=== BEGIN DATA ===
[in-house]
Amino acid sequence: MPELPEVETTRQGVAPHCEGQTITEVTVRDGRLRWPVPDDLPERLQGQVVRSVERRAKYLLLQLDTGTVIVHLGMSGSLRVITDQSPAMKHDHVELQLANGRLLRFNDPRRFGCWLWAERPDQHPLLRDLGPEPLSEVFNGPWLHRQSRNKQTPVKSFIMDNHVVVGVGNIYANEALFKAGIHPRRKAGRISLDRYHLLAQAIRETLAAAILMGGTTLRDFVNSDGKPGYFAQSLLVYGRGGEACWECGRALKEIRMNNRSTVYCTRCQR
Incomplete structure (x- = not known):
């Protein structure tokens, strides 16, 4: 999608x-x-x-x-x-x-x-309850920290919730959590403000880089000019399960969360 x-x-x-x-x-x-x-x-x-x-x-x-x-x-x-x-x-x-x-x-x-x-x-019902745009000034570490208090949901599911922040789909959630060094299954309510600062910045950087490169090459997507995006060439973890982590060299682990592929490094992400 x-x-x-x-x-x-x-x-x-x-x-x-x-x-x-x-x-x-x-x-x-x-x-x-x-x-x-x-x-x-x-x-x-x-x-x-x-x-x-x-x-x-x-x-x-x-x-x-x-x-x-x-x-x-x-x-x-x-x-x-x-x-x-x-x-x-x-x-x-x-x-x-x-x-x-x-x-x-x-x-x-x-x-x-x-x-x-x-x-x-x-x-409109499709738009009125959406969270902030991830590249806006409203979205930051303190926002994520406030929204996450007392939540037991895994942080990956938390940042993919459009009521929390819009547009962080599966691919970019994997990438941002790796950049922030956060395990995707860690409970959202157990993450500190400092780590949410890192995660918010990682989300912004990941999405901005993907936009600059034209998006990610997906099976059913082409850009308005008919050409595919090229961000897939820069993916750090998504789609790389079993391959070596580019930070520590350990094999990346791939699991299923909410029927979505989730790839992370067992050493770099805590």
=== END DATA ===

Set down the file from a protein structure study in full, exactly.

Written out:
[in-house]
Amino acid sequence: MPELPEVETTRQGVAPHCEGQTITEVTVRDGRLRWPVPDDLPERLQGQVVRSVERRAKYLLLQLDTGTVIVHLGMSGSLRVITDQSPAMKHDHVELQLANGRLLRFNDPRRFGCWLWAERPDQHPLLRDLGPEPLSEVFNGPWLHRQSRNKQTPVKSFIMDNHVVVGVGNIYANEALFKAGIHPRRKAGRISLDRYHLLAQAIRETLAAAILMGGTTLRDFVNSDGKPGYFAQSLLVYGRGGEACWECGRALKEIRMNNRSTVYCTRCQR
Incomplete structure (x- = not known):
């Protein structure tokens, strides 16, 4: 999608x-x-x-x-x-x-x-309850920290919730959590403000880089000019399960969360 x-x-x-x-x-x-x-x-x-x-x-x-x-x-x-x-x-x-x-x-x-x-x-019902745009000034570490208090949901599911922040789909959630060094299954309510600062910045950087490169090459997507995006060439973890982590060299682990592929490094992400 x-x-x-x-x-x-x-x-x-x-x-x-x-x-x-x-x-x-x-x-x-x-x-x-x-x-x-x-x-x-x-x-x-x-x-x-x-x-x-x-x-x-x-x-x-x-x-x-x-x-x-x-x-x-x-x-x-x-x-x-x-x-x-x-x-x-x-x-x-x-x-x-x-x-x-x-x-x-x-x-x-x-x-x-x-x-x-x-x-x-x-x-409109499709738009009125959406969270902030991830590249806006409203979205930051303190926002994520406030929204996450007392939540037991895994942080990956938390940042993919459009009521929390819009547009962080599966691919970019994997990438941002790796950049922030956060395990995707860690409970959202157990993450500190400092780590949410890192995660918010990682989300912004990941999405901005993907936009600059034209998006990610997906099976059913082409850009308005008919050409595919090229961000897939820069993916750090998504789609790389079993391959070596580019930070520590350990094999990346791939699991299923909410029927979505989730790839992370067992050493770099805590």